Where Call Me By Your Name seems like a scene that hones a continually narrowing focus, the world of Lady Bird slowly grows and blooms. She and her mother argue often, sometimes with dramatic flourishes, but will turn without warning and be incredibly close. Julie could have easily been a thinly written sidekick, which is how she’s sometimes treated, but after a friendship-breakup she returns with her own friend. Every character has an inner life, and a story all their own happening in the background, or even off camera entirely. There’s nary a character who remains a dull archetype by the end of the movie. Her mother has problems connecting, but her motivation and sacrifice ground her behavior. The too-cool boyfriend, the snobby rich girl, the first boyfriend, they all end up adding something, and being more than just those descriptions.

If there’s a turn in the story, it’s that we start out identifying with Lady Bird’s perspective, but slowly end up seeing more than she does. Our opinions on characters grow as they’re revealed on screen, and there comes a point when we have to wait for Lady Bird to catch up. This movie engages with the viewer, and then lets the viewer engage back with Lady Bird. The film focuses on her but she’s not the center of the universe. Once the universe shows itself to be dense enough to support this, it’s up to Lady Bird to come around and see all of the people she interacts with as full individuals. That’s a dangerous thing because all the small characters have to be written and acted with enough nuance and depth to support this. Like the way movies about fictional rock bands need music good enough to make you believe in them, movies that aim to show a person’s place in the midst of other individuals need, well, characters realized enough to make you believe. And this movie does that.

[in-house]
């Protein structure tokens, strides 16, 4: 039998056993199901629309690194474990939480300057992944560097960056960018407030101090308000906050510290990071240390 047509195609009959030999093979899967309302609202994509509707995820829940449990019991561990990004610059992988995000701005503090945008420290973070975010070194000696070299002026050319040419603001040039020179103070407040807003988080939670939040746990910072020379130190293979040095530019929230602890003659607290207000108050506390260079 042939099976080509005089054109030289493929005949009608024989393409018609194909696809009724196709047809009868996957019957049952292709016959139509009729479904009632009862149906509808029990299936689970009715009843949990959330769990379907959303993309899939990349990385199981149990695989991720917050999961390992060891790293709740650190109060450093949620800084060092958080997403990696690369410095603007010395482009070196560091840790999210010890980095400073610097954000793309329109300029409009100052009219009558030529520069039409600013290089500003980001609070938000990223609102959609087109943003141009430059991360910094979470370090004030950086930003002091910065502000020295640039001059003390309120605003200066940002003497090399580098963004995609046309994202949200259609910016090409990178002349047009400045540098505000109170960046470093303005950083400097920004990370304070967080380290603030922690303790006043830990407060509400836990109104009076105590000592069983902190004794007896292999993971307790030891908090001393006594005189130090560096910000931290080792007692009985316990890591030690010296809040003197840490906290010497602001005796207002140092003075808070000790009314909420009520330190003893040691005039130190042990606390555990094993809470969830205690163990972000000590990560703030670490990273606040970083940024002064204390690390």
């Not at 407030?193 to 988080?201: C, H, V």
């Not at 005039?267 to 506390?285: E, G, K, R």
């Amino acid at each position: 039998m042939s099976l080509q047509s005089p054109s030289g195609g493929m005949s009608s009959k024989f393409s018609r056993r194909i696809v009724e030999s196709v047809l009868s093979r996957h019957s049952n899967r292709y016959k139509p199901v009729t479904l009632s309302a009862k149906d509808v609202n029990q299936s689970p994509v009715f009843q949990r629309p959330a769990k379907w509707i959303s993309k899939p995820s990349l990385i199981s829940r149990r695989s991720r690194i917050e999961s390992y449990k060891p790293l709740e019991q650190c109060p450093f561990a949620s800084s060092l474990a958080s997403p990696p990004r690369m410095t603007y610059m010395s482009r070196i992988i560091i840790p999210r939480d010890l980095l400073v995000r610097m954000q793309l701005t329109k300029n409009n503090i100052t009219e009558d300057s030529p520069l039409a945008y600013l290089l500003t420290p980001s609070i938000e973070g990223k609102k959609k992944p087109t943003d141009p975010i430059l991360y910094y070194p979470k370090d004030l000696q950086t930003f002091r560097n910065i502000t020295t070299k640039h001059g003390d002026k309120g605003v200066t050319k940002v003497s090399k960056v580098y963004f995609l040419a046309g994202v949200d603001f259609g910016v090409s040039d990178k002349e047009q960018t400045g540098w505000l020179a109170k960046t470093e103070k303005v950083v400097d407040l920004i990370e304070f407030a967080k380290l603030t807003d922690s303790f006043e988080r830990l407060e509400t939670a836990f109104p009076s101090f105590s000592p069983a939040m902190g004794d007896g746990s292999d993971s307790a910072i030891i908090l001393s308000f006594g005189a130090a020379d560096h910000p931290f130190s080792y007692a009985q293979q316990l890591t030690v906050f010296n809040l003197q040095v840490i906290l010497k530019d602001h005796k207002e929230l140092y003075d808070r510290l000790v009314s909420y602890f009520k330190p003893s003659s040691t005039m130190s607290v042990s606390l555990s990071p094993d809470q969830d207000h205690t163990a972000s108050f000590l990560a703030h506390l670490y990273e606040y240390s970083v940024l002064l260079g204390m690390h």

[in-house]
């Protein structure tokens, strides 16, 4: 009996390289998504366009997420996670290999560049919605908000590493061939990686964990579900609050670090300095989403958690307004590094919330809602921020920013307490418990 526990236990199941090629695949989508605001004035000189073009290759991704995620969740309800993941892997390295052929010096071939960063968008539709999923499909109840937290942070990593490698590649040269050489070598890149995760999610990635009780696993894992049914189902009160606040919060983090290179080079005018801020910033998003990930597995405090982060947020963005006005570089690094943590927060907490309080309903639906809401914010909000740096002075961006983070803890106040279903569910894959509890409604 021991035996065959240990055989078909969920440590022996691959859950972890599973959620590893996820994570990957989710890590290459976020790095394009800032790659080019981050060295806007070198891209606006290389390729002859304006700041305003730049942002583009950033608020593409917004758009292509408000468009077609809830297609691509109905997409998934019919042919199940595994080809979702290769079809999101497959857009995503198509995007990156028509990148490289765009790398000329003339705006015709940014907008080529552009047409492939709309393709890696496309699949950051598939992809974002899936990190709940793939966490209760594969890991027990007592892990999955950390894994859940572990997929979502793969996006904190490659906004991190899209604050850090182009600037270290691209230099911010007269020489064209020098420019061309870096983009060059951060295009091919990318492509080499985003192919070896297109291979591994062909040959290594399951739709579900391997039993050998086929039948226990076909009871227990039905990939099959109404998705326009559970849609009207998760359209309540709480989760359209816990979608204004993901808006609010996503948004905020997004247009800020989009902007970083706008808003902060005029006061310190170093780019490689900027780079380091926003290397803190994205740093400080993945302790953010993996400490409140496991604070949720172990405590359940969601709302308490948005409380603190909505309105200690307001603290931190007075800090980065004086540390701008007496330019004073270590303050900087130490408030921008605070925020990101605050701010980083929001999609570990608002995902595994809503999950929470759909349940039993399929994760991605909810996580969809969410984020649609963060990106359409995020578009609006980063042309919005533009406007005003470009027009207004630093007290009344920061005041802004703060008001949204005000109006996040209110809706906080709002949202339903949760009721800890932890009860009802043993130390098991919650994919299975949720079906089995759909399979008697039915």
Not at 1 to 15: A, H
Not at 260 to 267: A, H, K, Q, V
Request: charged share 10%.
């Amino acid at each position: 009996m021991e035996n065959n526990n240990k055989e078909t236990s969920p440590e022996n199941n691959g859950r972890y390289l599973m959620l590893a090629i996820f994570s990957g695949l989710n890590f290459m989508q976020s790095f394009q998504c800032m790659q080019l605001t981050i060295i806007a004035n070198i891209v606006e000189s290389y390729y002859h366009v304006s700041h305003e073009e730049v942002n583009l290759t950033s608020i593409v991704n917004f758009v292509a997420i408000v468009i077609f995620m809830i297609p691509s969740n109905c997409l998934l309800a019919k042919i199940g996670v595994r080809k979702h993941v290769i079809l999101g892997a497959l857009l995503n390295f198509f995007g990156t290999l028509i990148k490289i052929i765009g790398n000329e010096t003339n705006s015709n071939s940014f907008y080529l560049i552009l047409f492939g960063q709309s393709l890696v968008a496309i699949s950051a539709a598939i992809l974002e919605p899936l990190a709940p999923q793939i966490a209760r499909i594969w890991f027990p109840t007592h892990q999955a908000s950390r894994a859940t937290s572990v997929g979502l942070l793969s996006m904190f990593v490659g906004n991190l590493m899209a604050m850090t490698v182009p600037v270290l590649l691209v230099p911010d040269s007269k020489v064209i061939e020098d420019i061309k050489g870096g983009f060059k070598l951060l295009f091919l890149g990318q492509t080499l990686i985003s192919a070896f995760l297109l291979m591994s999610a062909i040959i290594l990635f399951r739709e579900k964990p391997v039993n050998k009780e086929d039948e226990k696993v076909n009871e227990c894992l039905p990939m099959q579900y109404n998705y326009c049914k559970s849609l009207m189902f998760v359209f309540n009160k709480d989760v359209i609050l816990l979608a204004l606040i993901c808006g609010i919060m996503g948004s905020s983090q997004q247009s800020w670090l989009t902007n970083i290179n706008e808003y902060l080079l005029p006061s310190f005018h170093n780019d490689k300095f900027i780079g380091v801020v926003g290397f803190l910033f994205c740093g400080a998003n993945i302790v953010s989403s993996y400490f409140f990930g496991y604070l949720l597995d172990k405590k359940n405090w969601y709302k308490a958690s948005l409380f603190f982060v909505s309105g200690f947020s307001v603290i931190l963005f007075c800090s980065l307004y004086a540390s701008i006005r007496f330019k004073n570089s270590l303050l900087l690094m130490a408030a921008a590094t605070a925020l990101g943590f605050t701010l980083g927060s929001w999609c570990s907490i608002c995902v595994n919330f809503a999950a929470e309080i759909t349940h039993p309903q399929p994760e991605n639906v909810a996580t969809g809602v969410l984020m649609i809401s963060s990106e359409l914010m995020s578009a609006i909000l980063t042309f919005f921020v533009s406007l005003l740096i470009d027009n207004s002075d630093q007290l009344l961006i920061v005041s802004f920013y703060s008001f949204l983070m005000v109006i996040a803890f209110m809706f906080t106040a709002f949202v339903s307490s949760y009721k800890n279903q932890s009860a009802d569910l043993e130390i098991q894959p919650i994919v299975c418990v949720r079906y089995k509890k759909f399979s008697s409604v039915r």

In a strange way, this film is quieter and smaller than you’d expect. All the individual parts, all the people, are real enough that they could be huge, could support their own stories. But they fit together in this small, personal film. In a movie that could be a noisy crowd, we get a story made of solid conversations.

There’s a scene where Lady Bird is talking with someone about a college application. After reading her essay, they tell her that she must love Sacramento. Lady Bird seems confused. The woman tells her that there are so many details that she must really love where she comes from. Lady Bird replies that she just pays a lot of attention. “Isn’t that the same thing?” she’s asked.

There is so much attention paid to every part of this movie, from the intimate filming style, to the immaculate writing, to the quiet perfection of the framing and direction, that the whole production feels like love. Not always like, but definitely love. And it has a very particular beauty in that love.

Adam

About Adam

Adam is a Jewish American who's sick of the white Christian male being America's "default" setting. For money he works in a public library because free books and information access are wonderful things. For love he writes here for his pet project, The Chaotic Neutral, which is always looking for more writers. You can follow him on Instagram, Goodreads, and at his oft neglected Twitter where he will try to post more, and probably live-tweet the Eurovision Song Contest.